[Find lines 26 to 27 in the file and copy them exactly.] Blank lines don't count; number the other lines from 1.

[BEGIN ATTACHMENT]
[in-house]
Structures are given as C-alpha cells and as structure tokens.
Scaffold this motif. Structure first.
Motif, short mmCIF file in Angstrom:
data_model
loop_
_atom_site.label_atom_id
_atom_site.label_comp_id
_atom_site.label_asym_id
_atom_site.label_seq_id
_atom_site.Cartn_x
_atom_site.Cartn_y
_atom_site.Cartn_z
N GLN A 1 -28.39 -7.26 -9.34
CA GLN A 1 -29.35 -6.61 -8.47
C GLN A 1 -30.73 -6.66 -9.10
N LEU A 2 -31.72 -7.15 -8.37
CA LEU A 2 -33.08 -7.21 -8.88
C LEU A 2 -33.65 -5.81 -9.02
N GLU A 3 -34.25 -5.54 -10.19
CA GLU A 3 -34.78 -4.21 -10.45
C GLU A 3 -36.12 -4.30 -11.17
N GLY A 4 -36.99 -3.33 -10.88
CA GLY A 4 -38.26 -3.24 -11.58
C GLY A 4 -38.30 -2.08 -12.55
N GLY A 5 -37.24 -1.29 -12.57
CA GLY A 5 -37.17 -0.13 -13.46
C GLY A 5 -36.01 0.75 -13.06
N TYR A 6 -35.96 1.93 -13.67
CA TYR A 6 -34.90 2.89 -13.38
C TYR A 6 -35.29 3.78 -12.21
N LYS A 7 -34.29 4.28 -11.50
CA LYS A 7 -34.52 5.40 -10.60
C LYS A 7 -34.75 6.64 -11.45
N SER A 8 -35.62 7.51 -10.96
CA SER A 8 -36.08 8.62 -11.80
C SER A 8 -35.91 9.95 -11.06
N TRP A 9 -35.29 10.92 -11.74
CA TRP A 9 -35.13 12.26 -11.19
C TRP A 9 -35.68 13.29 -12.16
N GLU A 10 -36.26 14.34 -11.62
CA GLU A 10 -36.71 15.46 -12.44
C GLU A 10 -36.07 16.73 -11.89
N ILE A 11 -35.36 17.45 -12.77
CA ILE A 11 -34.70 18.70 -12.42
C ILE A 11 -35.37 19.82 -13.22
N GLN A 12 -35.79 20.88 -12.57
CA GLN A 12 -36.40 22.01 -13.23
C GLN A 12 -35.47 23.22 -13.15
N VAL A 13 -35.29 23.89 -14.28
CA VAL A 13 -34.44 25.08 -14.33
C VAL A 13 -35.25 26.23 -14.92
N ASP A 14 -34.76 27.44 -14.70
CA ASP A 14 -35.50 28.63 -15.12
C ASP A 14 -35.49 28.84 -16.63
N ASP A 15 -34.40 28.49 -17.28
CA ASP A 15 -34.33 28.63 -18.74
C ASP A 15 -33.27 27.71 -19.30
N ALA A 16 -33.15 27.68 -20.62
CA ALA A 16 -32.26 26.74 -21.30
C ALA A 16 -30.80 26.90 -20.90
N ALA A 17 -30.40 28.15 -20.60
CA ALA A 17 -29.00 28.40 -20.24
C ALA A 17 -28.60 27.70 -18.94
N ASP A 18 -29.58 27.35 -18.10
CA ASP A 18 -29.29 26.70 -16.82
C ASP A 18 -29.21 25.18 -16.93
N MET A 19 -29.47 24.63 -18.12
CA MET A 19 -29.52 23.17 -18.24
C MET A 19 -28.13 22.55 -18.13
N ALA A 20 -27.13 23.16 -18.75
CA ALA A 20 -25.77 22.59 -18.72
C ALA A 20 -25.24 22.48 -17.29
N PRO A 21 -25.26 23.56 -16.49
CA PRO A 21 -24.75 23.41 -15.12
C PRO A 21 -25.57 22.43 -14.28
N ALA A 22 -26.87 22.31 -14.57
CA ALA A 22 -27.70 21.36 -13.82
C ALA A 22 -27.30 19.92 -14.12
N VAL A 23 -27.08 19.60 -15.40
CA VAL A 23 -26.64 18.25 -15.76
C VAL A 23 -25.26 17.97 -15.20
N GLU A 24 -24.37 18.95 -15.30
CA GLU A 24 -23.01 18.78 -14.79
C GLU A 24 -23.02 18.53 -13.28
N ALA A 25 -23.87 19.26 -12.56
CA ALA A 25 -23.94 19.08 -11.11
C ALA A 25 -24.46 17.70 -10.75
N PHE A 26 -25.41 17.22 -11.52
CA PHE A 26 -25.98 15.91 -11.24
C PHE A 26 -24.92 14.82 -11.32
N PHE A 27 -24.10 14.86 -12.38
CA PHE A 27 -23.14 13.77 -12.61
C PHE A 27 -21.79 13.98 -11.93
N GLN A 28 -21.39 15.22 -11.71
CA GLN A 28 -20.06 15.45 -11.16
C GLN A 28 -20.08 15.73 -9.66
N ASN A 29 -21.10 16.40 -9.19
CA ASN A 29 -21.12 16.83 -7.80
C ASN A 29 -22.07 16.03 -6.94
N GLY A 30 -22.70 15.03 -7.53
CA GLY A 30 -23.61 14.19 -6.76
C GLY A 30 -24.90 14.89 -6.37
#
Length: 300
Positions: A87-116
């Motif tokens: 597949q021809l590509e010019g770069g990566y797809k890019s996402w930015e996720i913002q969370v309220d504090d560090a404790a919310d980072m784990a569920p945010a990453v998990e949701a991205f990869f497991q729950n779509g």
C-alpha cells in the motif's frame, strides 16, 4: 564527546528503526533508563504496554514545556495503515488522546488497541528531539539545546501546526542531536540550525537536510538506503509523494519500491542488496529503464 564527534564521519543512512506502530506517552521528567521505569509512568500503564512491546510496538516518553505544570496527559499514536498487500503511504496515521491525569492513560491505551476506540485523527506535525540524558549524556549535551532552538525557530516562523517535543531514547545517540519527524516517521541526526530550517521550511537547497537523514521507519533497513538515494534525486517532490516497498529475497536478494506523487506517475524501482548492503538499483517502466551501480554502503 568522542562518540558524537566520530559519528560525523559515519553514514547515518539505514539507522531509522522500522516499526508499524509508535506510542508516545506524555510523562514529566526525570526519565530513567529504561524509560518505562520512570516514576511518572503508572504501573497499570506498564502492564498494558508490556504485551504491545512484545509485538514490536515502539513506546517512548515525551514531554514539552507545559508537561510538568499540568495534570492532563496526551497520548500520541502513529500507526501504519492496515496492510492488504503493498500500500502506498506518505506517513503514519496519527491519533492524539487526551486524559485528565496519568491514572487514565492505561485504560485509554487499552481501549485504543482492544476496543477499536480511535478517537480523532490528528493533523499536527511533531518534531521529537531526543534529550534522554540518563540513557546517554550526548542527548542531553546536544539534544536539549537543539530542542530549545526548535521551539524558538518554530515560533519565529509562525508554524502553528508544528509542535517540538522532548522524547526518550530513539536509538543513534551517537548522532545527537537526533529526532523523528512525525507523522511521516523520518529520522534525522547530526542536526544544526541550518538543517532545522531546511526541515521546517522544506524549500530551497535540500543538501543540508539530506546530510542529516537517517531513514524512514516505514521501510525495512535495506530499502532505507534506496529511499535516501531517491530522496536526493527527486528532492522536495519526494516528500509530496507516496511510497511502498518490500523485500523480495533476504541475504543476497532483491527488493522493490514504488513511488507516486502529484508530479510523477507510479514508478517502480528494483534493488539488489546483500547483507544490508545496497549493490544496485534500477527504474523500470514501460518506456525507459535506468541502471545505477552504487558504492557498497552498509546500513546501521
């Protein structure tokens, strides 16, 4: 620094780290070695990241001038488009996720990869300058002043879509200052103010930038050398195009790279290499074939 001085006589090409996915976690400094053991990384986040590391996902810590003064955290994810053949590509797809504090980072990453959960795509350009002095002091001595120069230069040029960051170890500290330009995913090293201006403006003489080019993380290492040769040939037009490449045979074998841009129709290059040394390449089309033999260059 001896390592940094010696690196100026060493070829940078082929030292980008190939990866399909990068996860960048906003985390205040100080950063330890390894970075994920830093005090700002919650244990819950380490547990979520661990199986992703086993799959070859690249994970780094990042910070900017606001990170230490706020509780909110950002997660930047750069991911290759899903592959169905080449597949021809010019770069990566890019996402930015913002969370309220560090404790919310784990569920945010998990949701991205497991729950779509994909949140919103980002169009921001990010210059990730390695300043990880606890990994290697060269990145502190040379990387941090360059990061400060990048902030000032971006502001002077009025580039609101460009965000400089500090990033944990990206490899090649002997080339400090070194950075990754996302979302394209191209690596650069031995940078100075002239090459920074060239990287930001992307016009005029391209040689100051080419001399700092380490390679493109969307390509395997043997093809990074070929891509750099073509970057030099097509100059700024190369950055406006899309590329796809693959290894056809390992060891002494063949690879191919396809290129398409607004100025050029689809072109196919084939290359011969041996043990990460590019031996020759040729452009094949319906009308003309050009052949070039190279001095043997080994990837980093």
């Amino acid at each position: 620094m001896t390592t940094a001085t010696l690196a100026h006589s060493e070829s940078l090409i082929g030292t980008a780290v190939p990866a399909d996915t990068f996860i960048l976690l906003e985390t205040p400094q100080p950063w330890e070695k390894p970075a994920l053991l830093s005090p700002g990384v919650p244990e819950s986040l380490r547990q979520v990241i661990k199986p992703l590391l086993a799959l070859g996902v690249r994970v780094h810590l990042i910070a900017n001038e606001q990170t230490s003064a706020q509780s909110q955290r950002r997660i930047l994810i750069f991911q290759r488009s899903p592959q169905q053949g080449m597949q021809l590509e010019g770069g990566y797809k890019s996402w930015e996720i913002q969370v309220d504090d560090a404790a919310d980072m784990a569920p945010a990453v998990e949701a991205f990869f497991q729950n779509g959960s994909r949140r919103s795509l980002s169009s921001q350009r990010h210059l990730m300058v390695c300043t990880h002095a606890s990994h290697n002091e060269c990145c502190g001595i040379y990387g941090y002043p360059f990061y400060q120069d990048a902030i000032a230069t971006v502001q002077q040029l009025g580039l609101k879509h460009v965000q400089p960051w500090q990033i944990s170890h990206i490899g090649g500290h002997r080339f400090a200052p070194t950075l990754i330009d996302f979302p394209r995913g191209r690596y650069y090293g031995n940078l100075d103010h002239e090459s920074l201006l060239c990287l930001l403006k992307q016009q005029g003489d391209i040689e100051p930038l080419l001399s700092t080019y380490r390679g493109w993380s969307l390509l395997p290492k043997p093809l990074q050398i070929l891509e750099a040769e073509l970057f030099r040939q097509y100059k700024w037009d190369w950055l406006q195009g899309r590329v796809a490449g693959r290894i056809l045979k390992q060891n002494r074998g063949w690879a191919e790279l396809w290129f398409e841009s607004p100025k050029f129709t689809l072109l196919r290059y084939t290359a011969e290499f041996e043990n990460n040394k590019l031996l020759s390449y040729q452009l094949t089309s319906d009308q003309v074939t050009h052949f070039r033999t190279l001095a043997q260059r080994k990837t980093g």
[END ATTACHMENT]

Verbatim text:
N GLY A 5 -37.24 -1.29 -12.57
CA GLY A 5 -37.17 -0.13 -13.46